I feel like I’ve met royalty. Pinch me, someone, please and bring me down to earth.
Here are a couple of Anne of Green Gables quotes, for those who are just as delighted as I am with this very Anne-ish encounter:
**The name and some other details have been changed, for privacy reasons, but the spirit of the exchange has been saved.
The other day I went to a local middle school to make presentations about Summer Reading to sixth graders. In one classroom, the inquisitive ones started asking me about the looming budget cuts my library system is facing.
While I was there to tell them about how and why they could/should join Summer Reading, I was impressed with their interest in the library’s woes, and so briefly talked about the budget crisis, and said that we’re facing about $20 million in cuts and that this could impact the service that they receive.
At this, one energetic boy started to wildly wave his hand, which I could not ignore. When I said, yes?, he bursted out, “No, it’s $25.2 million!”
I gave him a salute.
I am working the ref desk this Sunday (not a frequent occurence) and thought it would be fun to list all (or at least many) of the reference questions that are brought to me today. Enjoy.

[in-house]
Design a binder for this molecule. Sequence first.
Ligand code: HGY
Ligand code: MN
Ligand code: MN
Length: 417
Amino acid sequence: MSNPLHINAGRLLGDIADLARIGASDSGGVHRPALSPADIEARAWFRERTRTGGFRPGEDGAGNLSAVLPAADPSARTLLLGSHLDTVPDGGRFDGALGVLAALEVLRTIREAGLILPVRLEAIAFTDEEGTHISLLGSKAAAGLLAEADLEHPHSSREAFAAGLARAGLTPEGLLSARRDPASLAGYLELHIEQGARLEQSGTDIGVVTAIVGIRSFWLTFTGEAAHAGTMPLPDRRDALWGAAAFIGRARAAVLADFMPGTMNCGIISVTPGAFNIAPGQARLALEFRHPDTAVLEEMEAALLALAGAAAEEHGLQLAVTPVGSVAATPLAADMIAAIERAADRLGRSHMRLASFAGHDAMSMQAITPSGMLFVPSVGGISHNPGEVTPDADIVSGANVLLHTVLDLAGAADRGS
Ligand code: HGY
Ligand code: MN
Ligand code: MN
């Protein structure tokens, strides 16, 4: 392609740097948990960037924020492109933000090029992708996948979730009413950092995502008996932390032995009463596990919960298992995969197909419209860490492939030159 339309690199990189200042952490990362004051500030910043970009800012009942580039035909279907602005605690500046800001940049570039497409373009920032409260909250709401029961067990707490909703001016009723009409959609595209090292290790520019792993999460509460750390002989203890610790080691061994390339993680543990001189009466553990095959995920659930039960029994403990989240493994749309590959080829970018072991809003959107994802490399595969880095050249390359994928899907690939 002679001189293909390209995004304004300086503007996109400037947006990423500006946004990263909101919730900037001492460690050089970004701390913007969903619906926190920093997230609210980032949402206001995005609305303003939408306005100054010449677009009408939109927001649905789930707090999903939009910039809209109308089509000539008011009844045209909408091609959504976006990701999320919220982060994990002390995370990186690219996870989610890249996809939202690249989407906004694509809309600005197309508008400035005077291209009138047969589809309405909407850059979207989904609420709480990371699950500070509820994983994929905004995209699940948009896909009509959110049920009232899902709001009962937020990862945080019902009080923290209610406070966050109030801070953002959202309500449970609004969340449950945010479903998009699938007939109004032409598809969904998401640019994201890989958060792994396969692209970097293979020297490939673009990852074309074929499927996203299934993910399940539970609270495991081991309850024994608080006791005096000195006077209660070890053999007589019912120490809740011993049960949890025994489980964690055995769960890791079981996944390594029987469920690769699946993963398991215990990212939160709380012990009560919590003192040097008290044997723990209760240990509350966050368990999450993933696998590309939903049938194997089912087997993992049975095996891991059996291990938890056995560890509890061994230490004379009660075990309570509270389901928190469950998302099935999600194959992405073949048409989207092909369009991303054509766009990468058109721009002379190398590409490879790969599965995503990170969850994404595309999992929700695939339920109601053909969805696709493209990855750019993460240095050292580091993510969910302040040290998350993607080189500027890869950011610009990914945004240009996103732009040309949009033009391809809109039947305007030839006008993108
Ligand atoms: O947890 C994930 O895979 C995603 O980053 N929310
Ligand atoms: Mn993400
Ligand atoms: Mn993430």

1. request for Diary of a Wimpy Kid – Rodrick Rules (10 year old kid was surprised we didn’t have it ready and ripe for the picking on the shelf. I put a hold on it for him after explaining that it’s a pretty popular title that is rarely seen on the shelf)
2. request to check on the status of a 7 year old’s hold for the DVD Barbie in A Christmas Carol. Had to explain that she won’t be able to get it, as all copies of it are missing. But then we were able to put holds for three other Barbie DVDs, so she went away satisfied. (By the way, the same 7 yr old also apologized for not visiting me at the library last Tuesday, after running into me in the park, and promising that she would. Yes, she is 7 going on 70.)
3. Request for books on the Bill of Rights. Happy 7th grader was sent off with three books on the topic.
4. Convoluted request that a book on hold be transferred to a friend as the 5th grader with the hold had forgotten her card. Was not sure if I should, but went ahead and did this as a one-time-only exception. Profuse thanks were given.
5. Was asked to check a book out by a 6th grader who has a history of asking for special favors. I regretfully told her she will have to wait on line at the circ desk, like everyone else. (Had to be firm, as she has been known to take a mile if given the proverbial inch.)